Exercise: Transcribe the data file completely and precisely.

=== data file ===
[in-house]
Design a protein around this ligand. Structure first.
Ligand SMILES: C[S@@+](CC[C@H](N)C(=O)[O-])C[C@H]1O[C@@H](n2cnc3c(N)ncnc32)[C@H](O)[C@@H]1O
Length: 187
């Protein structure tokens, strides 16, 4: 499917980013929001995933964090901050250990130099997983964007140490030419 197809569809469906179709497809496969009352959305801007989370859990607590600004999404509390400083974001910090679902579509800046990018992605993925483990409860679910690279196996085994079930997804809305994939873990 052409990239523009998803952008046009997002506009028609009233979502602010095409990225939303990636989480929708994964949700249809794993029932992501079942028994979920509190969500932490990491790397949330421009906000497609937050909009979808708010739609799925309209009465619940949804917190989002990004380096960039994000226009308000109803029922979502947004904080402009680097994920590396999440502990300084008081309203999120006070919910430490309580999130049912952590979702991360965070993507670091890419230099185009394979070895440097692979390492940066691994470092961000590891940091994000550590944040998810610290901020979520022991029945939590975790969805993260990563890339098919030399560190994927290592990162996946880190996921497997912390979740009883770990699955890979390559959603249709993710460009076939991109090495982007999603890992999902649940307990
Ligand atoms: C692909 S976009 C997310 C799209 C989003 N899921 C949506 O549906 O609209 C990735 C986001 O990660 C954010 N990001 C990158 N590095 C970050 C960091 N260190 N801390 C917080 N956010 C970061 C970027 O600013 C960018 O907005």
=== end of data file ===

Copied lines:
[in-house]
Design a protein around this ligand. Structure first.
Ligand SMILES: C[S@@+](CC[C@H](N)C(=O)[O-])C[C@H]1O[C@@H](n2cnc3c(N)ncnc32)[C@H](O)[C@@H]1O
Length: 187
């Protein structure tokens, strides 16, 4: 499917980013929001995933964090901050250990130099997983964007140490030419 197809569809469906179709497809496969009352959305801007989370859990607590600004999404509390400083974001910090679902579509800046990018992605993925483990409860679910690279196996085994079930997804809305994939873990 052409990239523009998803952008046009997002506009028609009233979502602010095409990225939303990636989480929708994964949700249809794993029932992501079942028994979920509190969500932490990491790397949330421009906000497609937050909009979808708010739609799925309209009465619940949804917190989002990004380096960039994000226009308000109803029922979502947004904080402009680097994920590396999440502990300084008081309203999120006070919910430490309580999130049912952590979702991360965070993507670091890419230099185009394979070895440097692979390492940066691994470092961000590891940091994000550590944040998810610290901020979520022991029945939590975790969805993260990563890339098919030399560190994927290592990162996946880190996921497997912390979740009883770990699955890979390559959603249709993710460009076939991109090495982007999603890992999902649940307990
Ligand atoms: C692909 S976009 C997310 C799209 C989003 N899921 C949506 O549906 O609209 C990735 C986001 O990660 C954010 N990001 C990158 N590095 C970050 C960091 N260190 N801390 C917080 N956010 C970061 C970027 O600013 C960018 O907005």